What you’re reading right now is a copy. I’m using only words taken and recycled from other places.
You probably do it too. Even the questions you’re asking are copies, repetitions.
You might think that I’m criticizing you. But In Praise of Copying argues that copying is an essential part of being human, that the ability to copy is worthy of celebration, and that, without recognizing how integral copying is to being human, we cannot understand ourselves or the world we live in.
This is a deceptively simple—but original—argument.
In spite of the laws, stigmas, and anxieties attached to it, the word “copying” permeates contemporary culture. Copying shapes discourse on issues from hip-hop to digitization to gender reassignment. Copying is particularly crucial in legal debates concerning intellectual property and copyright. Yet as a philosophical concept, copying remains poorly understood.
Working comparatively across cultures and times, I examine what this word means—historically, culturally, philosophically, even biologically—and why it fills us with fear and fascination.
I argue that the dominant legal-political structures that define copying today obscure much broader processes of imitation that have constituted human communities for ages and continue to shape various subcultures today.
Drawing on contemporary art, music and film, the history of aesthetics, critical theory, and Buddhist philosophy and practice, In Praise of Copying seeks to show how and why copying works, what the sources of its power are, and the political stakes of renegotiating the way we value copying in the age of globalization.
I copied some of this from the dustjacket of my book…
“Dominant legal-political structures that define copying today obscure much broader processes of imitation that have constituted human communities for ages.”
The book is intended to be a primer on copying: each chapter examines some aspect of copying, from the core philosophical issue as to what a copy is, the history of the word “copy,” copying as an act of transformation, appropriation or deception, to mass production and montage as ways of making copies.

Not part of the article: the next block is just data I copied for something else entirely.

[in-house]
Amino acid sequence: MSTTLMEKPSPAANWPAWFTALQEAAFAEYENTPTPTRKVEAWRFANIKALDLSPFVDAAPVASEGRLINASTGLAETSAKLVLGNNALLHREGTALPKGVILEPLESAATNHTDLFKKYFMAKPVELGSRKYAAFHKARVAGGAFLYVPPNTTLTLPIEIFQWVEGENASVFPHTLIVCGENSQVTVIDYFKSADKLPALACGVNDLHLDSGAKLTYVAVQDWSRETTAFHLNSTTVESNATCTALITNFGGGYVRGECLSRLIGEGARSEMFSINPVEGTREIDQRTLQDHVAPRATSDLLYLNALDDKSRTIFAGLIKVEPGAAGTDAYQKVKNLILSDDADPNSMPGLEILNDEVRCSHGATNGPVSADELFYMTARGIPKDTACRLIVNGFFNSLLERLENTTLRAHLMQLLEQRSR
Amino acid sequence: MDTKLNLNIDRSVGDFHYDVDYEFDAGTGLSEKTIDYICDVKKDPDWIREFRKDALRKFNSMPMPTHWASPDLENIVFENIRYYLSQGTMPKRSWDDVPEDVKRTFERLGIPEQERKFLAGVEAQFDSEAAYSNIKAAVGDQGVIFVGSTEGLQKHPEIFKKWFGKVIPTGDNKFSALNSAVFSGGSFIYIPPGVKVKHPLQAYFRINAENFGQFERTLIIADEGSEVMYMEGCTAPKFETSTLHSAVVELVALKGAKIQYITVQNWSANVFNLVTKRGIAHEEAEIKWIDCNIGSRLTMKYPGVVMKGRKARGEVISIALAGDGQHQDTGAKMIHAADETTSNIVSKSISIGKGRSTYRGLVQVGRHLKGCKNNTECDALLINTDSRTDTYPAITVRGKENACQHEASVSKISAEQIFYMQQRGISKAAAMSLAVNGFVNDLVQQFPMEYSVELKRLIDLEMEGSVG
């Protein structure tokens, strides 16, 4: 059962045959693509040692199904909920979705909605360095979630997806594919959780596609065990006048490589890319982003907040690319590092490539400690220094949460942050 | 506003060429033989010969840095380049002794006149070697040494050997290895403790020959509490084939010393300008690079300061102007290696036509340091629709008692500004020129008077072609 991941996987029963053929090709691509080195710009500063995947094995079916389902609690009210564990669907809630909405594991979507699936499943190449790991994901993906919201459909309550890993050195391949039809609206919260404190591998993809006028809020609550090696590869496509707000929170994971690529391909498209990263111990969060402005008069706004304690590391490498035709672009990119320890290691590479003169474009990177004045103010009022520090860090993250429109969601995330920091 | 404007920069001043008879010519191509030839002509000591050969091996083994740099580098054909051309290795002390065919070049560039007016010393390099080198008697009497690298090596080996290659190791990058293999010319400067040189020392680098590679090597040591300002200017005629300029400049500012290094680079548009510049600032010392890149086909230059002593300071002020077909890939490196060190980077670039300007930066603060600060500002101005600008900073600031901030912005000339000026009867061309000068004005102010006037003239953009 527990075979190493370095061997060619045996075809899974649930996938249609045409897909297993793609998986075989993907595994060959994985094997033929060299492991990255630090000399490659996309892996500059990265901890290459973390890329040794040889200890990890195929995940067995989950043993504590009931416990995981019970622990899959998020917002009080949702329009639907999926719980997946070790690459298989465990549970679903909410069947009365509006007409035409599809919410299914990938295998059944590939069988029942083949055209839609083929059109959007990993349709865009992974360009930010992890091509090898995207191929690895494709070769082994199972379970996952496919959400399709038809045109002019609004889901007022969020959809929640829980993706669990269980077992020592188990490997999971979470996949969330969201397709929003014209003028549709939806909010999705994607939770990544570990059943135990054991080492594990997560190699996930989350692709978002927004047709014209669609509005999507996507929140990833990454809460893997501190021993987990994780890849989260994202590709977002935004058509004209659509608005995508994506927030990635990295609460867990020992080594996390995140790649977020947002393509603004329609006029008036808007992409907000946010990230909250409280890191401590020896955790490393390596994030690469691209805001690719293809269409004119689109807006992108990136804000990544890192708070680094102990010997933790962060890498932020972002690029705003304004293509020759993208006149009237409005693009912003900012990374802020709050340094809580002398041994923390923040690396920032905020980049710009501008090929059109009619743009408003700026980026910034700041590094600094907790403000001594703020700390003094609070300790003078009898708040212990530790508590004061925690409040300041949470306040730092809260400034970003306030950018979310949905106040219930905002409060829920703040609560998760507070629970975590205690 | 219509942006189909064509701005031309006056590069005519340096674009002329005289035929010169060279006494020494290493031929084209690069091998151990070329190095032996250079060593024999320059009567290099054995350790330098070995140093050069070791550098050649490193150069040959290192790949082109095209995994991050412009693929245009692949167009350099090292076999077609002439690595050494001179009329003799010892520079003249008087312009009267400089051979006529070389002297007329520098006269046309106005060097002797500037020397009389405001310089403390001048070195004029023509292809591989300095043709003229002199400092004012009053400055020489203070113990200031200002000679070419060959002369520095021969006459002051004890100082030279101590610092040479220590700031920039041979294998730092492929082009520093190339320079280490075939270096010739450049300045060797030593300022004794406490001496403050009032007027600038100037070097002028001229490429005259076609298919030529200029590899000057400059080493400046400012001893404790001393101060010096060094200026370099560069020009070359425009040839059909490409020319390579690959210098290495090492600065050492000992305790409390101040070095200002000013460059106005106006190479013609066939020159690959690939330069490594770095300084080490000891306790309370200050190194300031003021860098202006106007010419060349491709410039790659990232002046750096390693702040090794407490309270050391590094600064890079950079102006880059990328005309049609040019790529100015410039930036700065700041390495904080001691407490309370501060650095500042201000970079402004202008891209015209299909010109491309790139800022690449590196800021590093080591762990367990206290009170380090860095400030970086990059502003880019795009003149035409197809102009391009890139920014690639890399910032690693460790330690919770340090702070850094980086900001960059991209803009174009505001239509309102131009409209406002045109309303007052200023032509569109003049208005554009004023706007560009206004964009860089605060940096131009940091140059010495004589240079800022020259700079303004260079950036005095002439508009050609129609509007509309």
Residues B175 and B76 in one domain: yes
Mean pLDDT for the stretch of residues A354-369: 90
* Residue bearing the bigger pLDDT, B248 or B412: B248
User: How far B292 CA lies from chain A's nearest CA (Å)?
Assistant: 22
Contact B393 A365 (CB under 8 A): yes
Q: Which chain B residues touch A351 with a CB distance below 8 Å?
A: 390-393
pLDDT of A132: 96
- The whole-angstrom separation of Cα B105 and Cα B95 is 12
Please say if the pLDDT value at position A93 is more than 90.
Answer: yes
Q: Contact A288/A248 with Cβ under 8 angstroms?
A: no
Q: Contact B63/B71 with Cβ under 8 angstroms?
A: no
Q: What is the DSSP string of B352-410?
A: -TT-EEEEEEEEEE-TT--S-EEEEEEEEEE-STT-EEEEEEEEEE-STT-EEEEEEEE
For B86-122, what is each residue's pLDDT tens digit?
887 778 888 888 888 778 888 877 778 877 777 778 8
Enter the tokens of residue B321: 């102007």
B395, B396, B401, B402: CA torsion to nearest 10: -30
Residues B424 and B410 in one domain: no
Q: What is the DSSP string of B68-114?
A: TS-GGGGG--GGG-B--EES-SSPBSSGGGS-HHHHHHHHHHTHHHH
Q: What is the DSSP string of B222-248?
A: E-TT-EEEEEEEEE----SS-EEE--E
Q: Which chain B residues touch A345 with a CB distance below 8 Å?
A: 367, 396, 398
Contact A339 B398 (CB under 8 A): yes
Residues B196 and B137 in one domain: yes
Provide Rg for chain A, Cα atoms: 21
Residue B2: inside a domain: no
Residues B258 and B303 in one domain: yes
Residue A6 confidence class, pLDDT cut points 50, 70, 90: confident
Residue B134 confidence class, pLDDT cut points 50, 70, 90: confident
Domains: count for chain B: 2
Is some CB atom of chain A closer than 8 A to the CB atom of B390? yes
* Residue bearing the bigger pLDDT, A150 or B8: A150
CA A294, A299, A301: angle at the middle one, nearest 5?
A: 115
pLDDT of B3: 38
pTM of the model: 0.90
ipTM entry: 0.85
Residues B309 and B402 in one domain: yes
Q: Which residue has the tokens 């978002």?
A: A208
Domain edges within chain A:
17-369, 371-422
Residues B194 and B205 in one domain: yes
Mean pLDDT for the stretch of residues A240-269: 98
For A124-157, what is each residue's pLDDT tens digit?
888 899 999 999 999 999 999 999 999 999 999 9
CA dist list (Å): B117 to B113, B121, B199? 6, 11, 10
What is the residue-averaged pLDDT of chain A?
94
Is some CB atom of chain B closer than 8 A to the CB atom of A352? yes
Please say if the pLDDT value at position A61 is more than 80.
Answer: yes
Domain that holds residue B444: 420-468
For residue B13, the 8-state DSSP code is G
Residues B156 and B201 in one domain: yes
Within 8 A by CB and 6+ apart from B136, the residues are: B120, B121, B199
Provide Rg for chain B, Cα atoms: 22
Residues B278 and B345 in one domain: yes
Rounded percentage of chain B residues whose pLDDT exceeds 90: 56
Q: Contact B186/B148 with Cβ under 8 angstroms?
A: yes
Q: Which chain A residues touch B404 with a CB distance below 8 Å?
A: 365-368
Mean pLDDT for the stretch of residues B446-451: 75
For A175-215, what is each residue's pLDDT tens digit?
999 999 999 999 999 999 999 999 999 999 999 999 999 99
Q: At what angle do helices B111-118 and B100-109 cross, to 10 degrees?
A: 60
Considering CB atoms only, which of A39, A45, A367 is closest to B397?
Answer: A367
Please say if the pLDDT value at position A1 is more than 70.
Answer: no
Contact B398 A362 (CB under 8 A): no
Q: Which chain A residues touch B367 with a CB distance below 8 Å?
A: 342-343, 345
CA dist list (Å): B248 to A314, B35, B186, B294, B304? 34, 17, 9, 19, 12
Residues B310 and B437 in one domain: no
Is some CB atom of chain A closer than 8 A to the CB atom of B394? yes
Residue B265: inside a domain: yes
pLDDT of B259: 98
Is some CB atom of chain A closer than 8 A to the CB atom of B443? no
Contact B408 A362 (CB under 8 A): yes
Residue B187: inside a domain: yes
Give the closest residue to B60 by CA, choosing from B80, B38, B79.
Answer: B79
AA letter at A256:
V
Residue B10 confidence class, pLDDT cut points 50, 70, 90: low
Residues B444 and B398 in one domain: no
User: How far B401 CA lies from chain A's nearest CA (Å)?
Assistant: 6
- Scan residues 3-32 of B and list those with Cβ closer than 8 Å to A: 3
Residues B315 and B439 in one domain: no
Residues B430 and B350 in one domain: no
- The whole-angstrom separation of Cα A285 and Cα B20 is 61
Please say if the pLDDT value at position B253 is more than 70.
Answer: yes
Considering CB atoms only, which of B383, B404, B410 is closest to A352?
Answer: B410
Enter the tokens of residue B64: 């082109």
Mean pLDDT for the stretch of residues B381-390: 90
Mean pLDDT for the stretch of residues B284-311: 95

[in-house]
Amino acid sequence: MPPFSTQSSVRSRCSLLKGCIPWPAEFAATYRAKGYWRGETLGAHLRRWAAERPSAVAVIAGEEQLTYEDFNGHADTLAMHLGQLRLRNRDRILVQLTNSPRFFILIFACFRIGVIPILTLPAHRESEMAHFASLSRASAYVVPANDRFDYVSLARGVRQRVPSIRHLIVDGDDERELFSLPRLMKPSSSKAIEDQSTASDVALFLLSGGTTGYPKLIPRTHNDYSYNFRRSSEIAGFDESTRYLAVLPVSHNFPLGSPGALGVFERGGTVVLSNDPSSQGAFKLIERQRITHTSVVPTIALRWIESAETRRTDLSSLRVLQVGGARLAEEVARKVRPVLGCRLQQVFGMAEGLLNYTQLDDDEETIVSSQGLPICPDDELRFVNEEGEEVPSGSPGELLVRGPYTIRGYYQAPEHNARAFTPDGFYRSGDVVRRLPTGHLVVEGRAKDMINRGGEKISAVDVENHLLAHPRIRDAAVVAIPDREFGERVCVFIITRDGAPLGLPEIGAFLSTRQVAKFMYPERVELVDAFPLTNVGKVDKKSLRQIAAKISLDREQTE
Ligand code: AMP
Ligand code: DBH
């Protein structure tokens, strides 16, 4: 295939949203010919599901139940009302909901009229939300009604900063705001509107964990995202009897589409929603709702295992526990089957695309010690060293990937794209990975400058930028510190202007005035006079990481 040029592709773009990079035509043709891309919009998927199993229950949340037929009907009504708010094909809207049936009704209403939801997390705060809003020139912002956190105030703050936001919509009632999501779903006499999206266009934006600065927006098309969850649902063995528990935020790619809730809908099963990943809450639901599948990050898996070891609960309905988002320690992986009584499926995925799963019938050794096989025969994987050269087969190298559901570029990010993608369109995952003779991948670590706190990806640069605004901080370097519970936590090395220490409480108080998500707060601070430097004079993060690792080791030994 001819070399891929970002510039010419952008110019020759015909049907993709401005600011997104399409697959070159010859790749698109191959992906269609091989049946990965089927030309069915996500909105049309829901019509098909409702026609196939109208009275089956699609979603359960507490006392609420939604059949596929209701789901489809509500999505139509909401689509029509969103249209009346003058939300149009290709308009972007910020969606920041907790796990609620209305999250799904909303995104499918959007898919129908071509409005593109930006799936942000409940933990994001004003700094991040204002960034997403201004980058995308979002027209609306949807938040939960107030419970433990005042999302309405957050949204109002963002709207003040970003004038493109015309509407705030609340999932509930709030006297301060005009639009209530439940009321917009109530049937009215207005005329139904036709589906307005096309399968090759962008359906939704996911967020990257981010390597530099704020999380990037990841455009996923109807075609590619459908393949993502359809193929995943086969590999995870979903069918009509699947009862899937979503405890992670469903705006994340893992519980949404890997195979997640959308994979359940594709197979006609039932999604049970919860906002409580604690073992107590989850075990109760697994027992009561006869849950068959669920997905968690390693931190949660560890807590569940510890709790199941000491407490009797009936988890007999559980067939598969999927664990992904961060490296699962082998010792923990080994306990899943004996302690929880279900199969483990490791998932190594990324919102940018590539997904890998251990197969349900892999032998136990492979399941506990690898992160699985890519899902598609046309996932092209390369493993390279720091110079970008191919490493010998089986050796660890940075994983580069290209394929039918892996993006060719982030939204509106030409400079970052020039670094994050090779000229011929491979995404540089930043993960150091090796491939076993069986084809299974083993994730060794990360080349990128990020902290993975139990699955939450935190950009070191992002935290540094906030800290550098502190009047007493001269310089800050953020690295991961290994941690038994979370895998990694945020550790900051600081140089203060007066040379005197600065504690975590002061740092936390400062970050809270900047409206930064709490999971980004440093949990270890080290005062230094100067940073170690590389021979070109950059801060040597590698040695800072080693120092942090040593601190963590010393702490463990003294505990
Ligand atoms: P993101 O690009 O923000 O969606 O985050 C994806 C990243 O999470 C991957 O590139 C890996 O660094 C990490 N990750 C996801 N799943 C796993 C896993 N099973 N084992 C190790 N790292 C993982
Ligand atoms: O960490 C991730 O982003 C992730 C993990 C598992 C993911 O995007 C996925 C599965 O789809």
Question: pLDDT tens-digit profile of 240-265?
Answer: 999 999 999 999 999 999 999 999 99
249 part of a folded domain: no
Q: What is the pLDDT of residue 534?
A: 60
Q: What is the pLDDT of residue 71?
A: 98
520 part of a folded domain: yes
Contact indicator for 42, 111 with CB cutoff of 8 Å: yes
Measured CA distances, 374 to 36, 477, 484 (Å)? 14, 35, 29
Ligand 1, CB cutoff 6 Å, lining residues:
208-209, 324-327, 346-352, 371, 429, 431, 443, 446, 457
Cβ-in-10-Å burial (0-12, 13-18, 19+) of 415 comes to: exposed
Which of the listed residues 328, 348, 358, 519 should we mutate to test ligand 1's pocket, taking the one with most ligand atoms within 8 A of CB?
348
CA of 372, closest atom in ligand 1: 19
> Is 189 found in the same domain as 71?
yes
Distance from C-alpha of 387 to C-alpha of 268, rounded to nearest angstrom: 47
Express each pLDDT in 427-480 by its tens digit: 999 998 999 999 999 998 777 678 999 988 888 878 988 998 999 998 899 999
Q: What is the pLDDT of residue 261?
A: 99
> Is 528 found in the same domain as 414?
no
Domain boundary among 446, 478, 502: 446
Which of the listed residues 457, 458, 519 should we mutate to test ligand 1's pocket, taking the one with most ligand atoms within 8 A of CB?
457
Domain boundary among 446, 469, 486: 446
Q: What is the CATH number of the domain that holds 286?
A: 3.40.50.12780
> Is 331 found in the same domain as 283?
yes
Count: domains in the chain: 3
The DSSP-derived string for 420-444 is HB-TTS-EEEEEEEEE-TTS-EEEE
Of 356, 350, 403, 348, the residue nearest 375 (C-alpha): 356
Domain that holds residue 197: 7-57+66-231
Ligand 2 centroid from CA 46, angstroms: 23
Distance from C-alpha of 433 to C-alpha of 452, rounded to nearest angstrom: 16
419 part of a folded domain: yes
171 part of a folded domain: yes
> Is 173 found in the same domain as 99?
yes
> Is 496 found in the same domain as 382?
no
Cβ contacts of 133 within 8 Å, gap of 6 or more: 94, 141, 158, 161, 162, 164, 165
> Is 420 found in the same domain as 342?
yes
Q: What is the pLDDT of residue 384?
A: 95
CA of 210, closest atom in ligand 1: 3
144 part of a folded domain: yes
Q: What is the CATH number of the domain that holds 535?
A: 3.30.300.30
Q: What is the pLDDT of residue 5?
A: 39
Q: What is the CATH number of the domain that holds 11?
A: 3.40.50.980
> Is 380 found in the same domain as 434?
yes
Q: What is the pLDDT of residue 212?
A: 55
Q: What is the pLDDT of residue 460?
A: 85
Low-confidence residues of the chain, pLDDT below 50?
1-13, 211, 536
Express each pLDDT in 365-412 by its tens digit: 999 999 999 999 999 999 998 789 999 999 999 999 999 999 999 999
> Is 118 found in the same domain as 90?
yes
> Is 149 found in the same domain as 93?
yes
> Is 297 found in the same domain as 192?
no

Teaching contemporary literature and culture at a university, I was interested in students’ attitudes to sampling, cutting and pasting, plagiarism, downloading and such matters.
What struck me when I talked to students is that although they were very interested in these things, they were completely unable to justify their interest—mostly because these things involve copying and they’d repeatedly been told that copying is bad.
At the same time, I realized that most of the literature on intellectual property has been written by legal scholars who often hold admirable positions on legal reform—but seem to have no analysis of copying itself, not beyond the fact that copying appears to be a useful tool that could also be misused.
One of my own teachers, Michael Taussig, wrote a great book on imitation in the 1990s, called Mimesis and Alterity. That really opened my eyes to how fundamental practices of imitation are in human and nonhuman cultures. So I wanted to rethink the idea of copying as it appears to me today navigating contemporary cultures—the internet, musical subcultures, having a family, or thinking about politics—using the broad philosophical and anthropological analysis that Taussig had made.
And I wanted the book to have a freestyle flavor, that it should be an improvised response to whatever situations I encountered.
When I actually started doing research on the subject, things opened up in surprising ways. I’d been interested in Buddhist philosophy for a long time and I found myself rethinking the philosophical frameworks that have been used to describe copying—most of which come down to us from Plato.
Although copying seems like a peripheral issue in Buddhism, in fact most Buddhist practices and much of Buddhist philosophy is actually a profound analysis and evaluation of our existence as beings that imitate. It’s clear that other cultures have valued copying in different ways from our own and that it’s possible to imagine reconfigurations of our own society that acknowledge the value of copying.
Different practices of copying would make possible new forms of community, exchange, sharing. In fact we see those things emerging around us today, only to be shut down by a legal-philosophical tradition that finds it difficult to imagine that anything exists that is not private property. Despite what free-market boosters might say, it’s not private property that really underlies our economy but the ability to mass-produce copies.